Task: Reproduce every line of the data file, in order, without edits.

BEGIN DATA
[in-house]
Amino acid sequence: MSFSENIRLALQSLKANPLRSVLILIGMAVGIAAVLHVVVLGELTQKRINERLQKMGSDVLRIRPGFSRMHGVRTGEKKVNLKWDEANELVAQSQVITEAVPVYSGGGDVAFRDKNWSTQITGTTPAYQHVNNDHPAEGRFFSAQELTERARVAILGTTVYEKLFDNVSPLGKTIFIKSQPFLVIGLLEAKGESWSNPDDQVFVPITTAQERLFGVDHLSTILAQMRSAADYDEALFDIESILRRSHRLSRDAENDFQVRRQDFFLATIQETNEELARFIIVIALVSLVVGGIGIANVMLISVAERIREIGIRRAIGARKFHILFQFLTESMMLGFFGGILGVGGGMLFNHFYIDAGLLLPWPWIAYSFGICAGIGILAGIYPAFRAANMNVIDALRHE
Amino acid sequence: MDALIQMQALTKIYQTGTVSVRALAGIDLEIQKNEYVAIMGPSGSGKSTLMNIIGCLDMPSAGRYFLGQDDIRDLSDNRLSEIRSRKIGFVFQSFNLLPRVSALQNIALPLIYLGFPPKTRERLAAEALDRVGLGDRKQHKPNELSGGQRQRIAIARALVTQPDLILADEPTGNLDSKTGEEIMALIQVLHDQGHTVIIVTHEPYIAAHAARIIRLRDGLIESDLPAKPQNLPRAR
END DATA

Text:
[in-house]
Amino acid sequence: MSFSENIRLALQSLKANPLRSVLILIGMAVGIAAVLHVVVLGELTQKRINERLQKMGSDVLRIRPGFSRMHGVRTGEKKVNLKWDEANELVAQSQVITEAVPVYSGGGDVAFRDKNWSTQITGTTPAYQHVNNDHPAEGRFFSAQELTERARVAILGTTVYEKLFDNVSPLGKTIFIKSQPFLVIGLLEAKGESWSNPDDQVFVPITTAQERLFGVDHLSTILAQMRSAADYDEALFDIESILRRSHRLSRDAENDFQVRRQDFFLATIQETNEELARFIIVIALVSLVVGGIGIANVMLISVAERIREIGIRRAIGARKFHILFQFLTESMMLGFFGGILGVGGGMLFNHFYIDAGLLLPWPWIAYSFGICAGIGILAGIYPAFRAANMNVIDALRHE
Amino acid sequence: MDALIQMQALTKIYQTGTVSVRALAGIDLEIQKNEYVAIMGPSGSGKSTLMNIIGCLDMPSAGRYFLGQDDIRDLSDNRLSEIRSRKIGFVFQSFNLLPRVSALQNIALPLIYLGFPPKTRERLAAEALDRVGLGDRKQHKPNELSGGQRQRIAIARALVTQPDLILADEPTGNLDSKTGEEIMALIQVLHDQGHTVIIVTHEPYIAAHAARIIRLRDGLIESDLPAKPQNLPRAR